Life, service and loss in the military, a salute to dance pioneer Lester Horton and a whimsical interpretation of flamingos are a few of the works that will be on display when the 8th So Cal Dance Invitational, presented by South Coast Dance Arts Alliance, hits the stage at the Martha B. Knoebel Dance Theater at Cal State Long Beach.

Featuring 12 choreographers and about 50 performers, the event, founded by longtime Long Beach choreographer Nannette Brodie, brings some of the best regional modern dance to Long Beach.

Each year, a panel of dance experts combs through applications and auditions from top local dance troupes between San Diego and Ventura before choosing the lineup. Although national dance groups have expressed interest in participating, Brodie has kept it a locals-only affair.

“I try to limit it to Southern California,” she said. “There are not enough high-end festivals.”

“I think she’s doing a great service, providing a platform for existing companies and newcomers,” said John Pennington, who will perform a duet. “She finds venues where the work can be presented in a professional way. She’s gone the distance.”

Over the years the event has been staged at Golden West College, where Brodie was chair of the dance department and a teacher for 43 years, the John Anson Ford Theatre in Los Angeles and now, for the first time, in Long Beach at the Knoebel, an intimate space with seating for about 230. The theater boasts a large stage and state-of-the-art production facilities created with dance in mind.

Nannette Brodie premieres “Every Soldier Has A Story,” Saturday, at So Cal Dance Invitational

Among the performances will be “Beloved,” a dance originally co-choreographed by the late, legendary Lester Horton. Considered a pioneer in modern dance, a mentor to Alvin Ailey and namesake of the “Horton technique” dance training method, Horton was a giant in dance before dying of heart attack at the age of 47.

The dance, a duet, is one of Horton’s best known and was shocking in its time. The piece, created in 1948 with another California dance icon, Bella Lewitzky, is a disturbing look at domestic abuse and was inspired by a newspaper article about a man who beat his wife to death with a Bible because he suspected her of infidelity. When the piece was debuted, in the early years of the McCarthy era and a climate of rising conservatism and religious zealotry, it caused a stir.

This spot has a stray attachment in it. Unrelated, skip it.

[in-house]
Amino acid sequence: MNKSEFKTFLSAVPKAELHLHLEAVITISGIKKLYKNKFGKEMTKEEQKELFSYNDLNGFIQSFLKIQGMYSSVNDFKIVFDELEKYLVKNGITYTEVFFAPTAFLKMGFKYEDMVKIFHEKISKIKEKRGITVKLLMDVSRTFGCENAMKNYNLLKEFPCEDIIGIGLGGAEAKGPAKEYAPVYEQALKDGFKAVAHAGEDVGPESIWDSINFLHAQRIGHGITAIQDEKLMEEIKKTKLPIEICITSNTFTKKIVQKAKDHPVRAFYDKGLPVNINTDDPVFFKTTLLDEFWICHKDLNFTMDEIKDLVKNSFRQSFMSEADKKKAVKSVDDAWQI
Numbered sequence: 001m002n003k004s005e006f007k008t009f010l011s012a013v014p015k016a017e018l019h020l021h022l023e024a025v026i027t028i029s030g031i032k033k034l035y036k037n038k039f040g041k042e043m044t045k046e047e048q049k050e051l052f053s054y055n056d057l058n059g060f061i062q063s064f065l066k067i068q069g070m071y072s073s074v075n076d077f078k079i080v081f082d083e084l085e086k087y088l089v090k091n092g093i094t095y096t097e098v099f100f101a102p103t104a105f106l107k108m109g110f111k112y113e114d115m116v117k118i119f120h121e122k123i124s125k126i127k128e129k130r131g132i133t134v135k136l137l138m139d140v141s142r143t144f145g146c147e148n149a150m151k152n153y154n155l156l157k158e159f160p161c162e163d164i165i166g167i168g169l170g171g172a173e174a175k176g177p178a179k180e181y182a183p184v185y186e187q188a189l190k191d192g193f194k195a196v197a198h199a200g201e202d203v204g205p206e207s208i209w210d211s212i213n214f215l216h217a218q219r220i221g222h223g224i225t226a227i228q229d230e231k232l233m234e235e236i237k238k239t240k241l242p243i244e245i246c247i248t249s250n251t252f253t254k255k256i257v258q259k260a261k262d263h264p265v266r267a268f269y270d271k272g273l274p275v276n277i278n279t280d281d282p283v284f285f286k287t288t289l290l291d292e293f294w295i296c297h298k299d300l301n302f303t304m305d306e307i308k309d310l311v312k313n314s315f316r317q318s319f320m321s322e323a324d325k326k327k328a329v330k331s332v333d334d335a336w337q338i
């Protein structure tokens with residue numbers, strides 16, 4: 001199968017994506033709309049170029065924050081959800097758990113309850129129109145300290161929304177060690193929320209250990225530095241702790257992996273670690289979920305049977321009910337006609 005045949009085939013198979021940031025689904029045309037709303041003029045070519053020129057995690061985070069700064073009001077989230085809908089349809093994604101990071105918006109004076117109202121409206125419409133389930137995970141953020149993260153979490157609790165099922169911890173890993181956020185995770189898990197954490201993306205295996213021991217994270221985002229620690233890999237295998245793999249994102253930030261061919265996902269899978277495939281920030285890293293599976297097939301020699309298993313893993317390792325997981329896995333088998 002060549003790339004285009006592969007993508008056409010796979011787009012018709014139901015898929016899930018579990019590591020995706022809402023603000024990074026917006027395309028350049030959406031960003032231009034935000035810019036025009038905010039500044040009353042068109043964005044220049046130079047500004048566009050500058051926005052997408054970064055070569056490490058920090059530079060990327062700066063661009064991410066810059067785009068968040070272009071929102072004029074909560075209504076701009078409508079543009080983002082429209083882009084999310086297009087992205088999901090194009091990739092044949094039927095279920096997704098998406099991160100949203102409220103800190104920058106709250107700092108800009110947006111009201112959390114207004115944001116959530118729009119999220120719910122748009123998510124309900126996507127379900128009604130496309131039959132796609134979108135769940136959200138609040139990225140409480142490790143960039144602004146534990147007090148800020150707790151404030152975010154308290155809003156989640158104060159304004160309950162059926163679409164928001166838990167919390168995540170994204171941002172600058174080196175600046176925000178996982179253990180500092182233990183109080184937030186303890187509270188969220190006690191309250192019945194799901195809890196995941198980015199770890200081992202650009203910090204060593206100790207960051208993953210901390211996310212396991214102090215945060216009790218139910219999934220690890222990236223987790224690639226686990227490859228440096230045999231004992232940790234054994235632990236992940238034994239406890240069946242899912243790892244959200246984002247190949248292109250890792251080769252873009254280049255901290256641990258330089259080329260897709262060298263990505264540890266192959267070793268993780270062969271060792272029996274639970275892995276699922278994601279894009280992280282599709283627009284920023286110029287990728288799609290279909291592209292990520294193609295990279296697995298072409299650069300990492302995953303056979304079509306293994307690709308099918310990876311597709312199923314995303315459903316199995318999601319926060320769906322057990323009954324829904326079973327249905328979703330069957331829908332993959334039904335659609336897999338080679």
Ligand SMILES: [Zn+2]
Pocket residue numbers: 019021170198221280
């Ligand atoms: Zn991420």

John Pennington, artistic director of the Pennington Dance Group, learned the dance first-hand from Lewitzky and will perform with Li Rothermich. The personal sessions with the dance’s originator make his presentation original and authentic, Pennington said. He believes that the piece was ahead of its time and maintains its importance today, particularly in the wake of the “#Me Too” movement and numerous high-profile domestic and sexual abuse cases.

“I think it’s extremely relevant,” he said.

The San Pedro City Ballet, founded by Cynthia and Patrick David Bradley, who discovered and trained American Ballet Theater star Misty Copeland, will perform “Before the Fall.” Choreographed by Patrick David Bradley, the dance reflects on life before the 9/11 terrorist attacks on New York’s World Trade Center.

Not all the works are quite so dark. In fact, the show closes on a delightfully frothy note with a piece called “Flurry.” Choreographed by Stephanie Maxim, it features nine dancers and is inspired by flamingos.

Headlining the event will be “Every Soldier Has A Story,” choreographed by Brodie and her dance troupe colleagues at the Nannette Brodie Dance Theatre, Maxim and Erica Villalpando. Clocking in at 28 minutes, it is the longest production in the show.

Other choreographers at the show are Christine Baltes, Hyoin Jun, Kindra Windish, Michelle Shear, Patrick Donald, Deborah Brockus, Chelsea Johnson and Evan Rosenblatt.

So Cal Dance Invitational happens Saturday, March 23, 8 p.m., at Martha B. Knoebel Dance Theater, 6200 Atherton St.

Tickets are $20 – $25. For more information click here.